Ein Gedi Botanic Garden

Ein Gedi Botanic Garden
Seek the serenity of a Judean Desert sky in Autumn at the Ein Gedi Botanic Garden

Thursday, July 04, 2013

A Small Negev Visitor Brings Terror to Our Home

It's amazing how quickly one's attention at work can be diverted by a shriek.

Even if you're a writer, accustomed to screaming all around you, there's a certain type of scream that comes with terror that cannot be ignored.

Such a scream split the air around me this afternoon when my teenaged daughter frantically demanded my attention, outside my home office. I never allow anyone to pull me out of my home office during work hours -the quality of this scream was clearly out of the ordinary.

As the shrieking escalated, I got up and ambled out -- until I saw what was inspiring the noise.

My eyes widened.

What clearly looked like a poisonous spider was crouched on the back of my favorite sofa and it looked like it was sneering at me.

The thing was nearly as big as my hand.  "It can move VERY fast," my daughter whispered. "Be careful."

An unnecessary warning, that last. I rapidly estimated what it would take to either trap it or kill it -- but at least, to find a way to get it contained.

My eyes flicked first to the large blue plastic basin, but that seemed too big. "What if it crawls out from under it?" my daughter said. Good point.

I narrowed it down to a Revereware sauce pot. Spider stew, anyone?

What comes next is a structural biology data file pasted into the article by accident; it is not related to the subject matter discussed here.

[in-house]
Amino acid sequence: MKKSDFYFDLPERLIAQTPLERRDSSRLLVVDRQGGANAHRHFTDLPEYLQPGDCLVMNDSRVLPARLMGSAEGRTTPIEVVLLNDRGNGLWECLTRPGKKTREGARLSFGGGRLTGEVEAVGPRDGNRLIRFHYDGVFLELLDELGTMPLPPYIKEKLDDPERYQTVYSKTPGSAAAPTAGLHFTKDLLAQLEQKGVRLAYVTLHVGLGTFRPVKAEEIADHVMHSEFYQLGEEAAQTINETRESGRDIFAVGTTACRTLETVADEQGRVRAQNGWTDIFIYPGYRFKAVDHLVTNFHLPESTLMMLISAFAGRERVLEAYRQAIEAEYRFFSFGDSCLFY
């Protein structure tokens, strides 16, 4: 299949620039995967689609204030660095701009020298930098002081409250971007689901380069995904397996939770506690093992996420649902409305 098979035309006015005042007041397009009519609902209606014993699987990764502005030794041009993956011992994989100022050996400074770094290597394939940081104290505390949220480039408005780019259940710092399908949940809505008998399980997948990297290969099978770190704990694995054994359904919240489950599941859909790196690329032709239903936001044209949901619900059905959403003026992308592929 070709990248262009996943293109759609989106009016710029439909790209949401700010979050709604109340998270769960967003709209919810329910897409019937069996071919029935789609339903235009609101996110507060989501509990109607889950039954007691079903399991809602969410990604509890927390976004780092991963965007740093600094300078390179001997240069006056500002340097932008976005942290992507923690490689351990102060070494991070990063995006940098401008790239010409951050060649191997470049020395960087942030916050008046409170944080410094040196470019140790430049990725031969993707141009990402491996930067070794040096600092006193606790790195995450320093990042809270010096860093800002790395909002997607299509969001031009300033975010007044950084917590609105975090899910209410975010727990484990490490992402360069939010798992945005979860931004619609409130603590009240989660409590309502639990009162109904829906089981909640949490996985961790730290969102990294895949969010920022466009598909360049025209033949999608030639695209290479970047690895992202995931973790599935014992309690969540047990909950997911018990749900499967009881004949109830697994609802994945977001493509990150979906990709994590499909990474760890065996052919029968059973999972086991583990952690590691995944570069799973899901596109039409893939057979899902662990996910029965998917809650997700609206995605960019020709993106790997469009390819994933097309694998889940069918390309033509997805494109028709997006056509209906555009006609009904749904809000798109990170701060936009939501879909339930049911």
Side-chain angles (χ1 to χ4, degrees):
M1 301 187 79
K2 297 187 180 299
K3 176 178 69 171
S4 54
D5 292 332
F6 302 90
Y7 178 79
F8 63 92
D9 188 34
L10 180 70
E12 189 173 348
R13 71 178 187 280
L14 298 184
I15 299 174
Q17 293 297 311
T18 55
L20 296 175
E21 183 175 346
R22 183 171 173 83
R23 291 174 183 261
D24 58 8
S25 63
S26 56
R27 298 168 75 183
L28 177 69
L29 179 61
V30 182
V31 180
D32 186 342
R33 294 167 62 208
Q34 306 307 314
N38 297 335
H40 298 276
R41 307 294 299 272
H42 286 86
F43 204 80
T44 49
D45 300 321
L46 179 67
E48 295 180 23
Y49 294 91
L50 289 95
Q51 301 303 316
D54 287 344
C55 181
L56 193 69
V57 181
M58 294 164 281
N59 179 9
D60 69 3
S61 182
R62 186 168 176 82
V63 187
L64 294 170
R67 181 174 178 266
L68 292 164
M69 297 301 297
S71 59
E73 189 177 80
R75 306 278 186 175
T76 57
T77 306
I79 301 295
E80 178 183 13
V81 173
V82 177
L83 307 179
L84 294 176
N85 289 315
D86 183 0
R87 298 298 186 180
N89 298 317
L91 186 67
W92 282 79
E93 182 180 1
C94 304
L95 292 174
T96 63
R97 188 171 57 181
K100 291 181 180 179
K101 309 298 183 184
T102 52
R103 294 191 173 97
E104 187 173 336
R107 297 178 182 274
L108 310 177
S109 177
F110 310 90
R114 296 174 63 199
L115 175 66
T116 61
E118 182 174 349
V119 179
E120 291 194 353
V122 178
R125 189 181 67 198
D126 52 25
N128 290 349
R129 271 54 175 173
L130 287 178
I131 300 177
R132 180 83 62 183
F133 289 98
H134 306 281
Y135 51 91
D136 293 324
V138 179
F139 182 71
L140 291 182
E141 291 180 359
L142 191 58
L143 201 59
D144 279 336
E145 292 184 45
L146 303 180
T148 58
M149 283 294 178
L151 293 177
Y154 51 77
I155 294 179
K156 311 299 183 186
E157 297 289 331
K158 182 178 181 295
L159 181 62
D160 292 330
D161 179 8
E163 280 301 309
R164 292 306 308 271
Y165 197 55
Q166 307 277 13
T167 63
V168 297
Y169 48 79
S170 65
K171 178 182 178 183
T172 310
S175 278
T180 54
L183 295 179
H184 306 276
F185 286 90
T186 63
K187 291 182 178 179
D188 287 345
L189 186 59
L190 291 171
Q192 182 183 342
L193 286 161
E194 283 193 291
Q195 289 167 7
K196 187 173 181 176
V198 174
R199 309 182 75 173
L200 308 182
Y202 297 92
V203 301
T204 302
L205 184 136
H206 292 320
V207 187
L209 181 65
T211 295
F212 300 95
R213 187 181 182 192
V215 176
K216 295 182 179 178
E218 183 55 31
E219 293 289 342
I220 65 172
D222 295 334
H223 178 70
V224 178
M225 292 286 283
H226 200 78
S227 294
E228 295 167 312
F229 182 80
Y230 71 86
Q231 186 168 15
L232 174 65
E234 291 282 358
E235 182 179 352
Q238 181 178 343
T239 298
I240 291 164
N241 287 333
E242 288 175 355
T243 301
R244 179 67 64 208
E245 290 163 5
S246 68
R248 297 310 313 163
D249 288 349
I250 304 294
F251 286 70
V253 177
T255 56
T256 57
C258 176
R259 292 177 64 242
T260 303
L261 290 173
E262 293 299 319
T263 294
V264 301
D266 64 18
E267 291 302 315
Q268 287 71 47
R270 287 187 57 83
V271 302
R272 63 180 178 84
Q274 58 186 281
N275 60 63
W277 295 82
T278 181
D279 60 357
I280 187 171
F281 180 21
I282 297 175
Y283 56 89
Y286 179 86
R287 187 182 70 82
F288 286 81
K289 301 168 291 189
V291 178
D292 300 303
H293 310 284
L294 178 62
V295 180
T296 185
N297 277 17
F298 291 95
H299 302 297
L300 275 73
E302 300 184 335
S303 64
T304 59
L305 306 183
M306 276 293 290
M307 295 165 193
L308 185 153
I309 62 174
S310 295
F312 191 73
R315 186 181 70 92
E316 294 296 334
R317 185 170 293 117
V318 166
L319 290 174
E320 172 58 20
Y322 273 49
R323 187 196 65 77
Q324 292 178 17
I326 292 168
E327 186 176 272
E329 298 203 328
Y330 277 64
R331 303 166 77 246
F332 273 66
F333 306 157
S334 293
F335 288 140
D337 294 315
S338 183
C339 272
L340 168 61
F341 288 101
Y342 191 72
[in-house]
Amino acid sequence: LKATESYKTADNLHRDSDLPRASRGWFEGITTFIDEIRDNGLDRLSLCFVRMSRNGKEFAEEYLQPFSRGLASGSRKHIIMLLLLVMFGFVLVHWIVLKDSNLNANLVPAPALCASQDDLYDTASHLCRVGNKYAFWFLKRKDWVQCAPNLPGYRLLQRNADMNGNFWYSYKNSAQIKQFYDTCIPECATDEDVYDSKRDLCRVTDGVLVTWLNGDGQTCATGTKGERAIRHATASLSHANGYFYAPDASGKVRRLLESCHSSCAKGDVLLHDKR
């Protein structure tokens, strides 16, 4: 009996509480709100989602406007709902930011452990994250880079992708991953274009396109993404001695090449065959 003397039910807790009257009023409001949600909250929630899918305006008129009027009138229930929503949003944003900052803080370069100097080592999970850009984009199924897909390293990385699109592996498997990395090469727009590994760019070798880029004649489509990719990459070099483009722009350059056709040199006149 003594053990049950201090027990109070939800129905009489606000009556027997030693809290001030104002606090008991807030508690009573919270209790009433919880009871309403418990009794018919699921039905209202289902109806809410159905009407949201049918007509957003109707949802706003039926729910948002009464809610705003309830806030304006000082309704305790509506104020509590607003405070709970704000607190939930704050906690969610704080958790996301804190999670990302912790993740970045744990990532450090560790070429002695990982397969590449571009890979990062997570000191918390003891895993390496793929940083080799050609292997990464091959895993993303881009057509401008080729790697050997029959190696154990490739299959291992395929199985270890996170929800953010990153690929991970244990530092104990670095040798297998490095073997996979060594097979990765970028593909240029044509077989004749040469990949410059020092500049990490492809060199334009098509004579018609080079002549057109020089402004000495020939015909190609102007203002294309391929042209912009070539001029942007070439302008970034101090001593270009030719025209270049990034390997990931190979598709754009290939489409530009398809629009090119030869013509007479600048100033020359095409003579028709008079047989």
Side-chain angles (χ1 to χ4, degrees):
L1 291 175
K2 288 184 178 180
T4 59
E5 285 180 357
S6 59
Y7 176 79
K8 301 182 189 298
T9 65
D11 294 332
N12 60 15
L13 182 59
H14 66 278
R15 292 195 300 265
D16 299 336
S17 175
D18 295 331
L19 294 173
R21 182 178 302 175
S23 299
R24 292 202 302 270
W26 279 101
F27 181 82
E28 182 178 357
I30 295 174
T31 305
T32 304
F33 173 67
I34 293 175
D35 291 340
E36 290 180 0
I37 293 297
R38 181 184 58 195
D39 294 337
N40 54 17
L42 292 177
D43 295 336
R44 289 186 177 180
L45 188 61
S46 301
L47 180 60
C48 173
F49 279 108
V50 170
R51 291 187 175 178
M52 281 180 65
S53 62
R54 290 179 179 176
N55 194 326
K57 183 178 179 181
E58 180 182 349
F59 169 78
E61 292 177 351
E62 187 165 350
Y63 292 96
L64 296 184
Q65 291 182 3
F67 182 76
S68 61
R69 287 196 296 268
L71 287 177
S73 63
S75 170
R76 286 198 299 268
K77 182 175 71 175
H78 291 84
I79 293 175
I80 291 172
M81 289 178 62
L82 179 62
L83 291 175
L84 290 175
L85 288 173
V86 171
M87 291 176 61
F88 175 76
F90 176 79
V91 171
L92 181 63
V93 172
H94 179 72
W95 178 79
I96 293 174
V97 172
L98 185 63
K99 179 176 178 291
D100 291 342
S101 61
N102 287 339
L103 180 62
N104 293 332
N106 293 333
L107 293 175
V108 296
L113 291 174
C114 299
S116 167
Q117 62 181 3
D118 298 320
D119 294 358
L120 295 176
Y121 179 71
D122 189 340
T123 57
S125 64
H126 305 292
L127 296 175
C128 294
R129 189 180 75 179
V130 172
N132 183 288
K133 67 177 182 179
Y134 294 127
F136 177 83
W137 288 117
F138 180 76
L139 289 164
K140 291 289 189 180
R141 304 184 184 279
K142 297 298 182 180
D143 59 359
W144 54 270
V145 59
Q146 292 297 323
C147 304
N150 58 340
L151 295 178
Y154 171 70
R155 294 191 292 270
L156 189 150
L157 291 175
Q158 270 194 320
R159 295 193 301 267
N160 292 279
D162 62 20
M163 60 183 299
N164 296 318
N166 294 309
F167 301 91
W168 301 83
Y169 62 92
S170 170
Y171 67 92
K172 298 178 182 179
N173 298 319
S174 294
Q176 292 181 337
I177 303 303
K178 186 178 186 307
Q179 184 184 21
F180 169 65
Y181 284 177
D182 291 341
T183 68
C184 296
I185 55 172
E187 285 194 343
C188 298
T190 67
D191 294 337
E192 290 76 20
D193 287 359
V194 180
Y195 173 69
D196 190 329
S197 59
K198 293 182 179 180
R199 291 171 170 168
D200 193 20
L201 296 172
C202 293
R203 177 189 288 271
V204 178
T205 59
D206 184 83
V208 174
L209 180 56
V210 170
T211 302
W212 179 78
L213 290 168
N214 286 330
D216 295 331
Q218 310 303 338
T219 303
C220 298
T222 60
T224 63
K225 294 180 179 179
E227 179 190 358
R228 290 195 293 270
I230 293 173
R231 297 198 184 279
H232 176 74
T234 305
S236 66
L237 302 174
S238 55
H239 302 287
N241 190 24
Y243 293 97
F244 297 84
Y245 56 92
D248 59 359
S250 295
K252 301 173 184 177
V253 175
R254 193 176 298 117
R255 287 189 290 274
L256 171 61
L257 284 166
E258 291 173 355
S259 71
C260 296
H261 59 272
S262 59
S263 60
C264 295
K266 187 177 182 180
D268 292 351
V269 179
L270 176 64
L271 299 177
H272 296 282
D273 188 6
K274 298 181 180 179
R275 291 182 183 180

I wondered if I would have to kasher the pot after this -- then discarded the idea altogether. The pot was still too big. Saved by the size.

I realized suddenly as it began to move that I was making a big mistake in my thinking. "I don't want to TRAP it," I thought to myself. "This is the enemy. A threat to my family. I want to KILL it."

My brows lowered, and it occurred to me that a large flat book was much more the thing. Clearing a space and kicking extraneous items out of the way, I prepared to do battle.

The creature's seven legs (yes, seven with brown and black markings, ugly as hell) started picking their way leisurely across the back of that sofa, and then down a cushion and into the seat. Stealthily, I poked the cushion aside.

It raced up the sofa and up to the top of the back, to what it perceived was safety -- right on top of my son's baseball glove.


I struck it dead on, a direct hit. And then another, as its body fell twitching to the cold stone floor, where I stomped on it with a shoe for a good measure.

Eyes blazing, I informed my daughter the enemy was vanquished.

Three hours later, I am still shaking.

I have always hated spiders.

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